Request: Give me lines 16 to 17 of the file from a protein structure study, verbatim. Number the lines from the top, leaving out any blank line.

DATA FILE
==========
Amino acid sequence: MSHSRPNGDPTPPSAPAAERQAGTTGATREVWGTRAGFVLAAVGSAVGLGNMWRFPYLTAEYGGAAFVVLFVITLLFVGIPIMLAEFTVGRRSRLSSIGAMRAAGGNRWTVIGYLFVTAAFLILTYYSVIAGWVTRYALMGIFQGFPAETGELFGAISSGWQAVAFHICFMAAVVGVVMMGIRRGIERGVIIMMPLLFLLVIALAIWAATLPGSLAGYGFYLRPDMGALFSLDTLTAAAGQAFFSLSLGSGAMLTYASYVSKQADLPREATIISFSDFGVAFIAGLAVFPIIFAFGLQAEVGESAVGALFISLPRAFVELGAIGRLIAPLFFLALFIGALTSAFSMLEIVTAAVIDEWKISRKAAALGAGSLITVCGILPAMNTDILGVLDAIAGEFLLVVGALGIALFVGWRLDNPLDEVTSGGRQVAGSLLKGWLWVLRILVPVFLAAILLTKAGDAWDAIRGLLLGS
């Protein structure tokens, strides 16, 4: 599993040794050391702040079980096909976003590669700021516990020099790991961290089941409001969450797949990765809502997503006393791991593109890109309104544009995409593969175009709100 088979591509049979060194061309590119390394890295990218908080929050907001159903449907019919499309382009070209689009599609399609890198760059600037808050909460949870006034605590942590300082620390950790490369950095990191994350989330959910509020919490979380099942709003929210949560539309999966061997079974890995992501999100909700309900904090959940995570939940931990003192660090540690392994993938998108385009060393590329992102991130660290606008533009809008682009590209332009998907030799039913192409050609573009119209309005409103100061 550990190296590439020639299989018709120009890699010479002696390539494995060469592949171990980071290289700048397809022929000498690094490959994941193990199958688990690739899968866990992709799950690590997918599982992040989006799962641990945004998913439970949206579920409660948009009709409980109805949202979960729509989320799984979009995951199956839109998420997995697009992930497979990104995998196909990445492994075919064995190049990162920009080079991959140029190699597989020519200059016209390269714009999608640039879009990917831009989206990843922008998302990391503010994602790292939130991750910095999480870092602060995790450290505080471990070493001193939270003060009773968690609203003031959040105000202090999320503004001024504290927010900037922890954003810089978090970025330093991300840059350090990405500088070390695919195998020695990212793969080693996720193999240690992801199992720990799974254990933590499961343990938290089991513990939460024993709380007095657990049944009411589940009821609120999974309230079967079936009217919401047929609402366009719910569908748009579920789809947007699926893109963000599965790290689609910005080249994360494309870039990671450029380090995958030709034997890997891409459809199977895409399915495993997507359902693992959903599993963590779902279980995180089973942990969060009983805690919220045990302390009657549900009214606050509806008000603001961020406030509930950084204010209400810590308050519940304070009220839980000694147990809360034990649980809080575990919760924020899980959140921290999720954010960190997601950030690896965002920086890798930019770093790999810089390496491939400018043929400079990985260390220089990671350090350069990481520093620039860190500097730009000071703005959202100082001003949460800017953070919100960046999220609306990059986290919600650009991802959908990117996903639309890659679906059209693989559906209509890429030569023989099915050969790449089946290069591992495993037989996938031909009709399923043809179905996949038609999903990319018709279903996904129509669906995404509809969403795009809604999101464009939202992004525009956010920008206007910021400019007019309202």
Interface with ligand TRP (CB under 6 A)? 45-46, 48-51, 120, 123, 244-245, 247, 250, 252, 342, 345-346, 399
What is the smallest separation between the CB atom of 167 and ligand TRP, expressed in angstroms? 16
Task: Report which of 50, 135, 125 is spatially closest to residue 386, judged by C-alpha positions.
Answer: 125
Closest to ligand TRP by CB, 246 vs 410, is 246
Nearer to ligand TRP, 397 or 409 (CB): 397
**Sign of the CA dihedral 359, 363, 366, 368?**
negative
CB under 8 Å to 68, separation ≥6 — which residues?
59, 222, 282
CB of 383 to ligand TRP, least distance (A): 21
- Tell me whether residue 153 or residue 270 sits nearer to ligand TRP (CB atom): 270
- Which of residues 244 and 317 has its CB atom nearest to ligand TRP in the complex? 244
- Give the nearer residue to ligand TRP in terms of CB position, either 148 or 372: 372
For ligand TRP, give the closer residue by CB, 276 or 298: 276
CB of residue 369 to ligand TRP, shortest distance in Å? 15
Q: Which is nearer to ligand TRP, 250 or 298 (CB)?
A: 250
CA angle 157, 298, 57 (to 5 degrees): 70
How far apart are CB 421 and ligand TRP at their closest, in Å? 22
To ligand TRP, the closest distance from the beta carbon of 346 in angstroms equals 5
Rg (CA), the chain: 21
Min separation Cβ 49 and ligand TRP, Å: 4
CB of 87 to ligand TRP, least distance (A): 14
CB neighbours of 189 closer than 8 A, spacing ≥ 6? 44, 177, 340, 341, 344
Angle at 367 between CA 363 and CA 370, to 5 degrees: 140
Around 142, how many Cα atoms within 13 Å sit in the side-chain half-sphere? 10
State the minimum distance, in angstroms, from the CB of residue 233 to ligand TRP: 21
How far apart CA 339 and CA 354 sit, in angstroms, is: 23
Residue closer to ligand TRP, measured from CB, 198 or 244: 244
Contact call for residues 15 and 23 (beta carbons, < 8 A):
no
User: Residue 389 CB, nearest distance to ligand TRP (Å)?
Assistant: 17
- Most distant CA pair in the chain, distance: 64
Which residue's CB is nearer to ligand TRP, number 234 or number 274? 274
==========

- Give the nearer residue to ligand TRP in terms of CB position, either 148 or 372: 372
For ligand TRP, give the closer residue by CB, 276 or 298: 276